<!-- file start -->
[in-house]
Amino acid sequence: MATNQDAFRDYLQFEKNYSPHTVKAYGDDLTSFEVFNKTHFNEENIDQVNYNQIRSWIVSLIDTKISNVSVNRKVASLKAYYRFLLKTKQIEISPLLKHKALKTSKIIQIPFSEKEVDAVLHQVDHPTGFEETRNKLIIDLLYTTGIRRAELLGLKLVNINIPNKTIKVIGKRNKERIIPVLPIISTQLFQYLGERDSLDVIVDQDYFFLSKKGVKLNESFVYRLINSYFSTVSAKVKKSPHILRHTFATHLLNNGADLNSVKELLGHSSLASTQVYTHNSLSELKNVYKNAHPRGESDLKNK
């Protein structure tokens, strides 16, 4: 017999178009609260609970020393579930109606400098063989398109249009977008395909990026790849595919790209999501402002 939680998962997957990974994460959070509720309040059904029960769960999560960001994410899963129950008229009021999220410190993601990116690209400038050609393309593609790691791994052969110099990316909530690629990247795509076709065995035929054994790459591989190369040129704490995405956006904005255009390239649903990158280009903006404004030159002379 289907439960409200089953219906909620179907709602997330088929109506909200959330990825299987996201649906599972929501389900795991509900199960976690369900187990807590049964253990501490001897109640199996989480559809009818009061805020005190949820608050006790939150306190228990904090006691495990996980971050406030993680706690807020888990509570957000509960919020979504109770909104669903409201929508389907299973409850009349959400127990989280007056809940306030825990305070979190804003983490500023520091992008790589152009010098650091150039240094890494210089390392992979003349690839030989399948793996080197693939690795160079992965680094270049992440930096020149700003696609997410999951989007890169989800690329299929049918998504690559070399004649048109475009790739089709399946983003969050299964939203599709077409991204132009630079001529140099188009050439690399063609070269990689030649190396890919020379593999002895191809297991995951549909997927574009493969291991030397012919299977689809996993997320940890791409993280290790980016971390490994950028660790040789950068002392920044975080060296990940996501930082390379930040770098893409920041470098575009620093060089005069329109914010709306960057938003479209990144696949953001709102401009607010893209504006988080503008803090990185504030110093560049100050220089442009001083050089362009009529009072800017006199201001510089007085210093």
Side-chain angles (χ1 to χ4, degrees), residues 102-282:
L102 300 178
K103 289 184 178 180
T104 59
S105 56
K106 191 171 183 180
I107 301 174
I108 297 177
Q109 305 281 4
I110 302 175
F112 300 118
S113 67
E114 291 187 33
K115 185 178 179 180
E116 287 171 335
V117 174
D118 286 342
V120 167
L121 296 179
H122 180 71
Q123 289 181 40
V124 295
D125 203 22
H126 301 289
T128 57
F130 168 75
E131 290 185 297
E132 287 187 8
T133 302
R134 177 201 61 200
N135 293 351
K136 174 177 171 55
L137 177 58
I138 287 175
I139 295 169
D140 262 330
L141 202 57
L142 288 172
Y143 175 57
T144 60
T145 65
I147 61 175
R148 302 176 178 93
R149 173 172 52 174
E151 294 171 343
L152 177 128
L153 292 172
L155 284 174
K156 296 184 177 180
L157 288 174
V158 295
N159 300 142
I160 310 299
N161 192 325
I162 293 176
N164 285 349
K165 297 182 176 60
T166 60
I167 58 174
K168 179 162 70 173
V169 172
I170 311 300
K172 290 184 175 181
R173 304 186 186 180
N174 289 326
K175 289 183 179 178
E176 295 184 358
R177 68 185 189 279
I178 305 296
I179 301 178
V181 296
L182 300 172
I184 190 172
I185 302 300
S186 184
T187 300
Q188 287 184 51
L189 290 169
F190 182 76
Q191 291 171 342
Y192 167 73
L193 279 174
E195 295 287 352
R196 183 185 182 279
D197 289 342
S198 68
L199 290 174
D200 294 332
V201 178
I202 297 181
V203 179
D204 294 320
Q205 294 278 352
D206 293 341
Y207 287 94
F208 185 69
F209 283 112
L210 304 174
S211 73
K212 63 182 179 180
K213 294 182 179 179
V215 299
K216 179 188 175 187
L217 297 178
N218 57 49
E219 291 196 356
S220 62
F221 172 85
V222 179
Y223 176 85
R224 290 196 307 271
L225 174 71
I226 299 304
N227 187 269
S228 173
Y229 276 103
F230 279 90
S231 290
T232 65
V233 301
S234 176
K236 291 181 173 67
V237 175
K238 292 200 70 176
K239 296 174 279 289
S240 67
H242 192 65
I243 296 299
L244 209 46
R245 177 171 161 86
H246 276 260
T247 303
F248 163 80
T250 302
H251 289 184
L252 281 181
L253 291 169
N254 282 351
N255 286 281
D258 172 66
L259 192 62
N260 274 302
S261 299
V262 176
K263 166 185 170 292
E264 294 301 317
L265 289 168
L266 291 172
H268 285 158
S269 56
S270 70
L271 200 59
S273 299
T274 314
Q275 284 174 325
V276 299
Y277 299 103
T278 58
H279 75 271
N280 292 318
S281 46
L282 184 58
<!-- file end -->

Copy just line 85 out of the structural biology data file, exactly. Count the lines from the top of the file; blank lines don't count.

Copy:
L193 279 174